irresponsibly is responsibly
By which I do mean legal irresponsibility and personal responsibility. To quickly define the former since it’s not necessarily used and I’m not entirely sure I use it correctly, I mean control over a resource without a possibility of legal consequences. I.e. most understandings of property are understood to be irresponsible but managing a trust fund is a legal responsibility, if you screw it up you’re getting sued, if you’re renting and paint the walls a color the landlord hates, you’re getting sued. If you live in a nationstate and despite your pure belief in self-ownership try to sell a kidney, you go to prison.
This irresponsibility is critical to my understanding of ownership. If there are high property taxes and the state will plan to take your assets if you fail to pay, I don’t see that as being secure ownership, the state is claiming to be a landlord with extra steps.
I believe there should be a singular irresponsible owner of a resource in most cases. If you have multiple, you get the tragedy of the commons, which the suggested solution is usually to make the state an owner, my solution would be to usually consider the previous use homesteading and to spilt the grassland up somehow. If they are a responsible owner with unclear incentives, well they are a renter and renting promotes irresponsibility as you don’t necessarily feel the consequences, it becomes an externality to chase you down in court.
Not to be too hard on all legal responsibility, but it’s a risk to have someone who is not you affect your resources. A bad trust fund manager can steal from you, a bad renter can destroy the flooring. But at the same time, it’s awkward to be these people, a trust fund manager is likely pushed to be too risk-averse, a renter is like “do have to ask before throwing away the pile of trash in the utility closet”. It’s a source of friction even with good actors, which the world isn’t necessarily full of good actors.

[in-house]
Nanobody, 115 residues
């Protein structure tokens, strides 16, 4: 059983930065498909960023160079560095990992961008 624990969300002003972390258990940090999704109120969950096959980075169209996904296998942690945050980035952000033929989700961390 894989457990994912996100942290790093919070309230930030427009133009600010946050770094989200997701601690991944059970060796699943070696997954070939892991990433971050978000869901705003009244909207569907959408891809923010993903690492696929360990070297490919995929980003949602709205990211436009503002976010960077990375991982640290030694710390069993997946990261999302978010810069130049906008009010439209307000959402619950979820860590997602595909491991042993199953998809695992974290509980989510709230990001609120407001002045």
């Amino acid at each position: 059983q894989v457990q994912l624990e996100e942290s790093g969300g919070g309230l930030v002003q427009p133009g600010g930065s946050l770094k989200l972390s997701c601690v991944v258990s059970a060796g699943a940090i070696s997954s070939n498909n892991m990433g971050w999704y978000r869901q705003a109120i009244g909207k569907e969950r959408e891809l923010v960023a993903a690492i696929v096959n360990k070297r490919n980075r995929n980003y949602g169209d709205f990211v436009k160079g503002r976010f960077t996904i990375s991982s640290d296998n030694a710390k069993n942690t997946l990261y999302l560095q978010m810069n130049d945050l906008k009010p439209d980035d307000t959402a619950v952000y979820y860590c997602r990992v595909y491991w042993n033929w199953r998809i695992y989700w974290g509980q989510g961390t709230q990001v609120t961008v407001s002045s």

We as a society should be strongly for small scale absolute ownership of resources, and for the most part, we are, “ownership is 9/10th of the law” according to common law, and well common law was at America and Britain at the time of the industrial revolution. Not to mention the difference between Maoist China and Hongkong.
When your answer to no one you can be creative, uproot systems. If you have a smoker who’s trying to quit, common advice would be to destroy any cigarettes they have and try to never buy any more, if they signed a 5-year contract to get a box delivered to their house weekly and they have to keep paying. Well, that’s a responsibility and that freedom isn’t there.
The idea of bitcoin and smart contracts was that ownership of a piece of knowledge is 10/10ths of the law, self-ownership is mostly about defending other’s irresponsibility, but I believe expansions in such directions will increase responsibility.